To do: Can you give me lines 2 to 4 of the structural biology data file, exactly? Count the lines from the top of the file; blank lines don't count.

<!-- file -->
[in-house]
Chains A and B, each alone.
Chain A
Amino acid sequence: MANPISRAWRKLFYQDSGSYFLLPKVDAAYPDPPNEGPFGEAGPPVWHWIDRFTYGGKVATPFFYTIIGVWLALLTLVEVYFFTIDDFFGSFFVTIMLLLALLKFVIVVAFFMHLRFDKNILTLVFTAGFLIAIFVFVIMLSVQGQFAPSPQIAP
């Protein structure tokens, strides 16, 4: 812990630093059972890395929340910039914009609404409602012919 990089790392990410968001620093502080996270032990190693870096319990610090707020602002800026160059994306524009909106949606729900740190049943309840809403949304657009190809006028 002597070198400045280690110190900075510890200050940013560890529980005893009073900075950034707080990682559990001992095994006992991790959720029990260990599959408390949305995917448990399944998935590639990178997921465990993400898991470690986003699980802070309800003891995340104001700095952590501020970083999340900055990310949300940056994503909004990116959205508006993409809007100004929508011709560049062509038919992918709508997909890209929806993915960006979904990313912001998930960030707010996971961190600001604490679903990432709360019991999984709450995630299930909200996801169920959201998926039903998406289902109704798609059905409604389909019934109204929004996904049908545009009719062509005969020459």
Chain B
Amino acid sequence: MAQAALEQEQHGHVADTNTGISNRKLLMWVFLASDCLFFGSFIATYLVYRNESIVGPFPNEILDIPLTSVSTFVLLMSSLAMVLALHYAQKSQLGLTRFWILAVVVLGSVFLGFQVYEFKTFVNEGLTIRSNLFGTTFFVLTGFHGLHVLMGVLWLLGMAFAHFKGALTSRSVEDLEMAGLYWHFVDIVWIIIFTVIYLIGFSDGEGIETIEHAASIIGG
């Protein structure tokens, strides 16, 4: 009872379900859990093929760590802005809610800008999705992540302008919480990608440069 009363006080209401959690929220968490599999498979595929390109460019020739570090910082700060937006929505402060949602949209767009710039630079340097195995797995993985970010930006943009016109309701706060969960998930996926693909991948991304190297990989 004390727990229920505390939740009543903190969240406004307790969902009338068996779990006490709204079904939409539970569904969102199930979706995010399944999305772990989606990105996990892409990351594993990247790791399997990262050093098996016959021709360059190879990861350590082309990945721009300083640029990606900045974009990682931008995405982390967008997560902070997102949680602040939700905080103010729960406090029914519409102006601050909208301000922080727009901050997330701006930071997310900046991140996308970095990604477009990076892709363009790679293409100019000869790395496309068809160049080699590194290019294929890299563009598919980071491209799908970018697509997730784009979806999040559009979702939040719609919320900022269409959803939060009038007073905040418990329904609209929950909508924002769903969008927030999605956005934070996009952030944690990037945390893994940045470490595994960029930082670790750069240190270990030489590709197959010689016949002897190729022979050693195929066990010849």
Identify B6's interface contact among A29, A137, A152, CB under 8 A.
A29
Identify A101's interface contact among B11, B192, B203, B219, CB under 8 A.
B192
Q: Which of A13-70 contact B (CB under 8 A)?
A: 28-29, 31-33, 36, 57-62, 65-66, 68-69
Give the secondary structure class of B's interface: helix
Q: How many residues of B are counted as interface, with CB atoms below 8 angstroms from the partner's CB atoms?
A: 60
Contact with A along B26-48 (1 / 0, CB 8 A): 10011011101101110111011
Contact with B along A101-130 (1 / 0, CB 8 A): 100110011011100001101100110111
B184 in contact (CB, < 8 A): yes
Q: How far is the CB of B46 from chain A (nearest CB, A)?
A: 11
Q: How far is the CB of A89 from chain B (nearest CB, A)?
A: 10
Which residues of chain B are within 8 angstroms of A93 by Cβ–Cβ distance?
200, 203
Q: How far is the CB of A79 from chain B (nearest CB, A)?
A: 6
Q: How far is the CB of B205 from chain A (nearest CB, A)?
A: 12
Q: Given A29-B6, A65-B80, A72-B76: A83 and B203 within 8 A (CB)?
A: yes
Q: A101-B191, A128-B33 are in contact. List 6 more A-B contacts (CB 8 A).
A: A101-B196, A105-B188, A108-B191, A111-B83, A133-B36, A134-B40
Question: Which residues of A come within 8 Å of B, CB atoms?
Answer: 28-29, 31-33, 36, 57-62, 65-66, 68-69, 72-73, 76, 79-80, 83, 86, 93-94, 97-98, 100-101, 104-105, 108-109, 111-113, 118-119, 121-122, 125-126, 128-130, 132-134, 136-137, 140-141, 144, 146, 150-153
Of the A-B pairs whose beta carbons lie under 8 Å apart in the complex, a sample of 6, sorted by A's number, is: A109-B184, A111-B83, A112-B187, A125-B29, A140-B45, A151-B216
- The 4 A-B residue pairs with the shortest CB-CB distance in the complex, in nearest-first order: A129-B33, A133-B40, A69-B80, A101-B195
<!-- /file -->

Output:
Chains A and B, each alone.
Chain A
Amino acid sequence: MANPISRAWRKLFYQDSGSYFLLPKVDAAYPDPPNEGPFGEAGPPVWHWIDRFTYGGKVATPFFYTIIGVWLALLTLVEVYFFTIDDFFGSFFVTIMLLLALLKFVIVVAFFMHLRFDKNILTLVFTAGFLIAIFVFVIMLSVQGQFAPSPQIAP